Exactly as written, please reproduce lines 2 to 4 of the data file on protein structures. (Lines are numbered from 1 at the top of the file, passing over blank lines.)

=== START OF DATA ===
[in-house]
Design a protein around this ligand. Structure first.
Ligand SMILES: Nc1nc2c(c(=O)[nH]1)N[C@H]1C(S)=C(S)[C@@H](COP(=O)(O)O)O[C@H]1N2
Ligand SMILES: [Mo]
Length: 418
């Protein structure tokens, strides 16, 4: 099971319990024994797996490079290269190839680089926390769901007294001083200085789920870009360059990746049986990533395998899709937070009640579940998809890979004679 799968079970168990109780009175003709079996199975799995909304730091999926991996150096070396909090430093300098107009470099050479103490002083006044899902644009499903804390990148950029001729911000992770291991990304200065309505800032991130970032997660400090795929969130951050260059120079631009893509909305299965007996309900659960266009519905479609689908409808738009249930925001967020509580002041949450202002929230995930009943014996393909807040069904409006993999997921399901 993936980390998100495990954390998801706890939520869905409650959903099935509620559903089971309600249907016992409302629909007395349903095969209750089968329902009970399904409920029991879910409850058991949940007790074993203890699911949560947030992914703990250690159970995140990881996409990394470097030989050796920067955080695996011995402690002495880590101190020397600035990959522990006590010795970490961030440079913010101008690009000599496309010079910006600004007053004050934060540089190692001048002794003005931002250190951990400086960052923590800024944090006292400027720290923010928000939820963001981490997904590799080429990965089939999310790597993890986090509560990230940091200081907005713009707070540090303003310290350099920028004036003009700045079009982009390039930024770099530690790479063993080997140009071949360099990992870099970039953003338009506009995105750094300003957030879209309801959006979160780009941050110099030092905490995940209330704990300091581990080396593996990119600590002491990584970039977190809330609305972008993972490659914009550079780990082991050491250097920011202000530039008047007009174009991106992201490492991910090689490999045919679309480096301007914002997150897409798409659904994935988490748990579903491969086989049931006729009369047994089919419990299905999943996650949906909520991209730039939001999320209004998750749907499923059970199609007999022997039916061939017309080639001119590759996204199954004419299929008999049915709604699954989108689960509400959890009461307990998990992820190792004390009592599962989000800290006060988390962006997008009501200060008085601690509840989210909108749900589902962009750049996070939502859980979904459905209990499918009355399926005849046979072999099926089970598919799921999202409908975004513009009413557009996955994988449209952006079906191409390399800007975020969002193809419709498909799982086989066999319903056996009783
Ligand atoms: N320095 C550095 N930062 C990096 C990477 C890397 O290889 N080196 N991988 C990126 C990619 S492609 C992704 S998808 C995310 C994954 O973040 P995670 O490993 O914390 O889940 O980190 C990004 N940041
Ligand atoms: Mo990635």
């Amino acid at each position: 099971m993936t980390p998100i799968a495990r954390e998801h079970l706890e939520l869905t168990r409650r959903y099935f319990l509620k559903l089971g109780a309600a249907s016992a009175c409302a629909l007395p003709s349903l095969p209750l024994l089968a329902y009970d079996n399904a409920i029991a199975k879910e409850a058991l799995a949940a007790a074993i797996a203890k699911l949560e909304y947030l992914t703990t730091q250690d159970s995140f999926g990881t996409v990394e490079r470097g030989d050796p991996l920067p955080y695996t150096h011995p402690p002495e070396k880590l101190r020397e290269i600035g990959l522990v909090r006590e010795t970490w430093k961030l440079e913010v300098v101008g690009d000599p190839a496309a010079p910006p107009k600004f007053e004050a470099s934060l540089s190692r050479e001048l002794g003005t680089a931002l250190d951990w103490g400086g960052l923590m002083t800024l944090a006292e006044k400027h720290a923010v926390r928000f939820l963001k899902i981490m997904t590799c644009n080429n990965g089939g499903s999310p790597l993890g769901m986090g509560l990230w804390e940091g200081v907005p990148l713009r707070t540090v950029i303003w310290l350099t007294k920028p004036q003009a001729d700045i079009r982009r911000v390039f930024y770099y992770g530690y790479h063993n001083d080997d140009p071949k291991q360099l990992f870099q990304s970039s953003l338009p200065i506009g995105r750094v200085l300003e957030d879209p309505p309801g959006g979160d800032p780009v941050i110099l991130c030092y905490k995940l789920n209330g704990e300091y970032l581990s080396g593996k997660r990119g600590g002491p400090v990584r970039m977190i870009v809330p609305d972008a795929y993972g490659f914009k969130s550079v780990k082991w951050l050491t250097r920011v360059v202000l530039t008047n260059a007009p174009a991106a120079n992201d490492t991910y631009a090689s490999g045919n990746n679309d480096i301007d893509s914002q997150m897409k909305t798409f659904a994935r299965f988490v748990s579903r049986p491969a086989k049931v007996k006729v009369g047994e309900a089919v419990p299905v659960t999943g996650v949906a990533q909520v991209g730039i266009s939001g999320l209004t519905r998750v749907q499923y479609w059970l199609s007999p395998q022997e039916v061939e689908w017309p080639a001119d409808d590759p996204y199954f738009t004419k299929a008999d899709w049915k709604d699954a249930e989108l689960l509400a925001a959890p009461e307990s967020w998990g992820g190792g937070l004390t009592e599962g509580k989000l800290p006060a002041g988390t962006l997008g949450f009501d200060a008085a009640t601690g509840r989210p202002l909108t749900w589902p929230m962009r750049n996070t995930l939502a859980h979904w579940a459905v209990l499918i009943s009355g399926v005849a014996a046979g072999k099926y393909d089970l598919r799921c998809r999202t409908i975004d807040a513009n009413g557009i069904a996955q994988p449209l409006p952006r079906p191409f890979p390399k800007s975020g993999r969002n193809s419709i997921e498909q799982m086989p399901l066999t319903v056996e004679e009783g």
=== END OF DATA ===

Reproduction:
Design a protein around this ligand. Structure first.
Ligand SMILES: Nc1nc2c(c(=O)[nH]1)N[C@H]1C(S)=C(S)[C@@H](COP(=O)(O)O)O[C@H]1N2
Ligand SMILES: [Mo]